There was one post yesterday, “The Folly of Prudence, IMF Edition:”
This, from Brad Setser, is infuriating. He notes that even now the IMF is advocating fiscal contraction almost everywhere — the euro area, Japan, China — and fiscal expansion almost nowhere.
Setser puts this in terms of the IMF violating its own dictum that current-account surplus countries should be expanding, which is true. But I’d put it in a broader context: we’re in a world where secular stagnation looks like a very real risk, where inflation is below-target everywhere despite unprecedented monetary expansion. Everything about recent experience suggests that the world desperately needs fiscal expansion to boost demand and expand the supply of safe assets, that our sole reliance on central banks isn’t working.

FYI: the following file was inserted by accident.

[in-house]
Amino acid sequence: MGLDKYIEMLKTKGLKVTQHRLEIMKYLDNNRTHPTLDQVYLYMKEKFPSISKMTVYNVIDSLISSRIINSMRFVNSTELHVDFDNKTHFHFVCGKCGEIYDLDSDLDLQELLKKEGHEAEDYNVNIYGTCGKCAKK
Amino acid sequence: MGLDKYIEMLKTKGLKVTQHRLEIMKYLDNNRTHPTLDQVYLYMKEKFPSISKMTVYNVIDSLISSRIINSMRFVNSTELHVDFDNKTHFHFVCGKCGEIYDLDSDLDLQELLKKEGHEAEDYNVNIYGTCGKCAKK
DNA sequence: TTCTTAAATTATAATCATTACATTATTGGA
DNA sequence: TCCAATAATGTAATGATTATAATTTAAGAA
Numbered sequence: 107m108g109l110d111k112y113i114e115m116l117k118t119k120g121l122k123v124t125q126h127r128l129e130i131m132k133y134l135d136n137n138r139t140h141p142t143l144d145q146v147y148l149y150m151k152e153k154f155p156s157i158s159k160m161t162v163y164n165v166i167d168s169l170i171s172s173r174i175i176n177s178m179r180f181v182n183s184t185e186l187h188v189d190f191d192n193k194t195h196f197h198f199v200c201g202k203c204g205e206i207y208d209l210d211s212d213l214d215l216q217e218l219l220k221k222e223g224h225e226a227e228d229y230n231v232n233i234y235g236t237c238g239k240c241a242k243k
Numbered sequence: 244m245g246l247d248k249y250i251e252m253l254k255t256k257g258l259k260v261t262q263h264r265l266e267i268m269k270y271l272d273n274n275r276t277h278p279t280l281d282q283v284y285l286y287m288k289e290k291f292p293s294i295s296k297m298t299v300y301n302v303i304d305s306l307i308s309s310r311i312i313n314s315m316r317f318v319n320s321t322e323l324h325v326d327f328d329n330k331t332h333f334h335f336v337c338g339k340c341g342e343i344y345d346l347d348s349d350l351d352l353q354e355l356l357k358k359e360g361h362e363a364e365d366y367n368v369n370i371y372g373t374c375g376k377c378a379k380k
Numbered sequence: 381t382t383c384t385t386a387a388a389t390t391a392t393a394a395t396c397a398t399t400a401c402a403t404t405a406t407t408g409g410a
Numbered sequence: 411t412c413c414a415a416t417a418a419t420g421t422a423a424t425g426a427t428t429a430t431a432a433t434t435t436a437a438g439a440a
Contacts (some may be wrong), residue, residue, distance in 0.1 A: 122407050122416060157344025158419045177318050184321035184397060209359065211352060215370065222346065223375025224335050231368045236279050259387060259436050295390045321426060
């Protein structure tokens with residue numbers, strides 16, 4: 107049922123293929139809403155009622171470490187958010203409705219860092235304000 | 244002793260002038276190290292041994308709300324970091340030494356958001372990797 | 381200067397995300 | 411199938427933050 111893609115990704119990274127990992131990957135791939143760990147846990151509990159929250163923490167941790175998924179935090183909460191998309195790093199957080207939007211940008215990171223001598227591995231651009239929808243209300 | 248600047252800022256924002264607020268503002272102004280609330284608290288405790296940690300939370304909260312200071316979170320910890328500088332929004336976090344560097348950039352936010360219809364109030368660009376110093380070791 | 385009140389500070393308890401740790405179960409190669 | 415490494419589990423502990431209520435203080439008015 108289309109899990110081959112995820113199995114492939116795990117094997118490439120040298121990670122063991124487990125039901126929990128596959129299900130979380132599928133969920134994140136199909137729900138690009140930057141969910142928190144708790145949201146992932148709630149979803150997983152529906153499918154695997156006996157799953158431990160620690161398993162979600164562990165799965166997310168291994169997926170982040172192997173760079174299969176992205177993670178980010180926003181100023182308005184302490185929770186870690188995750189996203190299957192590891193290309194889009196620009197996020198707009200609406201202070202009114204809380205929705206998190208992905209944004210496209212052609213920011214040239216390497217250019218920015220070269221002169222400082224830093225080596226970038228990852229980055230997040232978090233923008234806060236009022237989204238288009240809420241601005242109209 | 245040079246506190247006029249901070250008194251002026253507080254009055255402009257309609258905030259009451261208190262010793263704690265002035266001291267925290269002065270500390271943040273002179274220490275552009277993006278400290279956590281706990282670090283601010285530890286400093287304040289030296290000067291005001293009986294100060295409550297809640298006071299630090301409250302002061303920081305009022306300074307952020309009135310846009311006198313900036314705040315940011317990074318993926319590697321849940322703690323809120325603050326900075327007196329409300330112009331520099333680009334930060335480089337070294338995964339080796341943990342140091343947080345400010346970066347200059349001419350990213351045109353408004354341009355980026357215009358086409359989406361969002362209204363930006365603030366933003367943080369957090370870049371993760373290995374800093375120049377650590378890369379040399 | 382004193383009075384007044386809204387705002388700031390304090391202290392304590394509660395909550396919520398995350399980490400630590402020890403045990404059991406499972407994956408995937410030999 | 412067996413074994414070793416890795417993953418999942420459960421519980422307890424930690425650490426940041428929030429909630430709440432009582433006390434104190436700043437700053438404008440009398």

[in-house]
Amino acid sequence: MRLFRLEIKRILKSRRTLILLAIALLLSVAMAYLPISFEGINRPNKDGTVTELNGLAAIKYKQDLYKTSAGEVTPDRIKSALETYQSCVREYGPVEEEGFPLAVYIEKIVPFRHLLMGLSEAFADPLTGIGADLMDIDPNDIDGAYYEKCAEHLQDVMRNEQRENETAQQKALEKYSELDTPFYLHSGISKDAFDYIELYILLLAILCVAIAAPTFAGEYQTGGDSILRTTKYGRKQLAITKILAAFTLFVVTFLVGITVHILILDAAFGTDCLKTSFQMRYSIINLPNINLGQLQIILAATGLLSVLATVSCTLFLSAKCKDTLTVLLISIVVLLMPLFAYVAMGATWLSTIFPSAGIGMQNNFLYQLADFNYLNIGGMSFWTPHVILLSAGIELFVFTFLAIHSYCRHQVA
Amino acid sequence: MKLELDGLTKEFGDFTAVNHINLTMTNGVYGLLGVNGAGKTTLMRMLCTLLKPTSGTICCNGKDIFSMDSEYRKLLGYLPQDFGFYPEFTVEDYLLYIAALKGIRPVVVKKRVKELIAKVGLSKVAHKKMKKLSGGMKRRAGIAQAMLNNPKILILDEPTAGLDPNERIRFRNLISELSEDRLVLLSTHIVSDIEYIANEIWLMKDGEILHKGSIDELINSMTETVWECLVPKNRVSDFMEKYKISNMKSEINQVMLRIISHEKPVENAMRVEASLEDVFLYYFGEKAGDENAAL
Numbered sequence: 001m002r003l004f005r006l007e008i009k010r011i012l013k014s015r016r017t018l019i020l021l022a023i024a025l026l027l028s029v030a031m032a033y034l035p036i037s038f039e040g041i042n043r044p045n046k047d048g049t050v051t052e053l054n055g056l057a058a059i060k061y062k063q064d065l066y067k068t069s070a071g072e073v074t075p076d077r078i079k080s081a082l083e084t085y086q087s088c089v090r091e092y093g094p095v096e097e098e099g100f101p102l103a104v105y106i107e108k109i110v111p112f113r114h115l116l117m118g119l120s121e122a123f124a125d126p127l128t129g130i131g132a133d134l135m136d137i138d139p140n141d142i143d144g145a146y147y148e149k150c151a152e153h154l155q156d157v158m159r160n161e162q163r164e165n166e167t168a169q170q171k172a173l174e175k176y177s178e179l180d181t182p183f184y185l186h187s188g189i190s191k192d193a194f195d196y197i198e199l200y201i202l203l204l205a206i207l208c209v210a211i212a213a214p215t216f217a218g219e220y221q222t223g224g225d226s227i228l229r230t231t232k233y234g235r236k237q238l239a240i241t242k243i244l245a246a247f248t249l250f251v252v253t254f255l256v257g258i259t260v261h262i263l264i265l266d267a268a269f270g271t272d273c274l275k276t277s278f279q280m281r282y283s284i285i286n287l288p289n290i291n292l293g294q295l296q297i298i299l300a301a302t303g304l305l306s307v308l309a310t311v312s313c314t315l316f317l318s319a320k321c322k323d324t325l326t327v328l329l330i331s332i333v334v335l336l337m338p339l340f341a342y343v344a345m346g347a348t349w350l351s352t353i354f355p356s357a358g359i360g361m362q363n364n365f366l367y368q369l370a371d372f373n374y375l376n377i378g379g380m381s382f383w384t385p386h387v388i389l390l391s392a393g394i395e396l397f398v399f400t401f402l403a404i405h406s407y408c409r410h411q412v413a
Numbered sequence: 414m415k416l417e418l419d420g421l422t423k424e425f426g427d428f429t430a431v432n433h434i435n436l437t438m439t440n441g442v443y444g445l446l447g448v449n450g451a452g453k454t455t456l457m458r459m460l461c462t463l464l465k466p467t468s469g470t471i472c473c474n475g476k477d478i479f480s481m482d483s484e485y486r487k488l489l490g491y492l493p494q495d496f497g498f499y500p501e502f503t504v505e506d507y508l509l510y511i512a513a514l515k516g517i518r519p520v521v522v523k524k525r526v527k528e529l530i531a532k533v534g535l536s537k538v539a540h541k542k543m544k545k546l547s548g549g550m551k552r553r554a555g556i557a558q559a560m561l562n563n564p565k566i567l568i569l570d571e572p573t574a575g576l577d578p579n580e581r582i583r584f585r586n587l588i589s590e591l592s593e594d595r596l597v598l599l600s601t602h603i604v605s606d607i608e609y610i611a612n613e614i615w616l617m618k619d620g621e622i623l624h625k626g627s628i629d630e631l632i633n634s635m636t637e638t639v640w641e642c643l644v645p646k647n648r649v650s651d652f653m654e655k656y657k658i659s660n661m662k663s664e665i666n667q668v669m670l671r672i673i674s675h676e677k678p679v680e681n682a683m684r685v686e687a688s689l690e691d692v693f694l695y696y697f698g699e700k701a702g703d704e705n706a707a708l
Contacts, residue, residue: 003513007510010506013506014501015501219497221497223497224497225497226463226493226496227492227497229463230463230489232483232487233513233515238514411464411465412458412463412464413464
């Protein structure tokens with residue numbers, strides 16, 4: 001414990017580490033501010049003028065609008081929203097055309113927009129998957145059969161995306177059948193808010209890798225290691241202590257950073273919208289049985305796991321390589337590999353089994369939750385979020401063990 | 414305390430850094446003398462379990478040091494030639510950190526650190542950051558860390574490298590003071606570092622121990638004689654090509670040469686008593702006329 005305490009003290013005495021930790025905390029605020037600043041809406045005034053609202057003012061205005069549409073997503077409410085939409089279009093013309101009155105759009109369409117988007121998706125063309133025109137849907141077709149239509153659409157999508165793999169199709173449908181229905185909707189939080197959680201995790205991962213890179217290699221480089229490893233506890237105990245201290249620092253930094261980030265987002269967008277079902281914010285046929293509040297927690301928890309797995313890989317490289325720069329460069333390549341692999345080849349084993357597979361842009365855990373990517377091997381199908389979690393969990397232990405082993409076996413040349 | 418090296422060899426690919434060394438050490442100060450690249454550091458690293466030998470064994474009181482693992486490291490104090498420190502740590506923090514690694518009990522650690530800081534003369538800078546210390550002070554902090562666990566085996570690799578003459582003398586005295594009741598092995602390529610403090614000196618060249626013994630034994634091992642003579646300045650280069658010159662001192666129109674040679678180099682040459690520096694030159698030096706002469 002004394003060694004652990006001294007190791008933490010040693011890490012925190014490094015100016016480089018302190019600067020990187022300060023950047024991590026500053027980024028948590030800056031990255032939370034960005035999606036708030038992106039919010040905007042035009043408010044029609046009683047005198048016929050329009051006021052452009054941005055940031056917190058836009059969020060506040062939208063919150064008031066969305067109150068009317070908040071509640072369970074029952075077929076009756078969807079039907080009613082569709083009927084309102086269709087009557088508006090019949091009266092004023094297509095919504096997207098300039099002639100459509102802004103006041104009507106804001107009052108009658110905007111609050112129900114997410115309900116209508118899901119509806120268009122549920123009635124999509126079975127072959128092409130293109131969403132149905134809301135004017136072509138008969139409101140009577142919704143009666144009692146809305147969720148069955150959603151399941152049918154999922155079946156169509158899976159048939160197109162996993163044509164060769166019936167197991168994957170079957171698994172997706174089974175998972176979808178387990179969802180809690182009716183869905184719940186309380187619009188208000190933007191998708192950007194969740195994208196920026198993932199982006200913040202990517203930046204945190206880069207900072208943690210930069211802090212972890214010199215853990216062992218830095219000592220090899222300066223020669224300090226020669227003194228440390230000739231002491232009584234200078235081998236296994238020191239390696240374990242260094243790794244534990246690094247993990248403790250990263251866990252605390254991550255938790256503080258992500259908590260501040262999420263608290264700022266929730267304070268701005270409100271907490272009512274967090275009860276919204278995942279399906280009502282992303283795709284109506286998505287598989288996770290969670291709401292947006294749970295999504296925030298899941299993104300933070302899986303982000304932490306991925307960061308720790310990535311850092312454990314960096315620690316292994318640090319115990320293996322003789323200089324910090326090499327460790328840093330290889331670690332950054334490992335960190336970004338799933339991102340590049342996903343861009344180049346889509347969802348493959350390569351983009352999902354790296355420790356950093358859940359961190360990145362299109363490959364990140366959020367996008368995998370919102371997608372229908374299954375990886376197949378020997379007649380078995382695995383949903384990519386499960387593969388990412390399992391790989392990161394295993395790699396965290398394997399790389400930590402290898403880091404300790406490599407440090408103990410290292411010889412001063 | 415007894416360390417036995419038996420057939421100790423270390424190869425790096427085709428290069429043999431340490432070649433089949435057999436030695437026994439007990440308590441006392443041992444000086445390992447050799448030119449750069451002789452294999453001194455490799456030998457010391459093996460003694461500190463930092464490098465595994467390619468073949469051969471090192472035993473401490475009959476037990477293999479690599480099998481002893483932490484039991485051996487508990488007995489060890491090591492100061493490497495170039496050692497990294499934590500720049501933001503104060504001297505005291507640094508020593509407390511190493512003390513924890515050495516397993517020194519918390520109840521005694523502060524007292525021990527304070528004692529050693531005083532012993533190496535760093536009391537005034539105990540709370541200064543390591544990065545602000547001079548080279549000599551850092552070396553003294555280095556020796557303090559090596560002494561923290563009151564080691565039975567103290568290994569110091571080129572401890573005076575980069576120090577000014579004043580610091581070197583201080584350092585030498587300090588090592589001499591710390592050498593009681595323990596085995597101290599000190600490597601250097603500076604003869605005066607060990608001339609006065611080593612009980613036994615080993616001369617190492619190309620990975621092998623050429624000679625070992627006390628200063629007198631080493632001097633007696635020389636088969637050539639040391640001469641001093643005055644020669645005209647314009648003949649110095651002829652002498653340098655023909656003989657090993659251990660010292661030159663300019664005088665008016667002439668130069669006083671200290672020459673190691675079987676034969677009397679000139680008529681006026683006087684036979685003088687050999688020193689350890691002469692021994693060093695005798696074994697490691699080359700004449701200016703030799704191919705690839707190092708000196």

Even if the ultimate solution may involve higher inflation targets and the always-invoked structural reform, nothing is likely to work without a major helping push from fiscal policy. This diagnosis has, finally, been making some headway in the wider discourse; it’s not just what a few of us Keynesians have been saying. Yet the IMF, in the name of prudence, is still — still! — pushing for fiscal austerity.
We’ve been living with low-rate, depression economics for 8 years now — and key players are still acting as if they’ve learned nothing.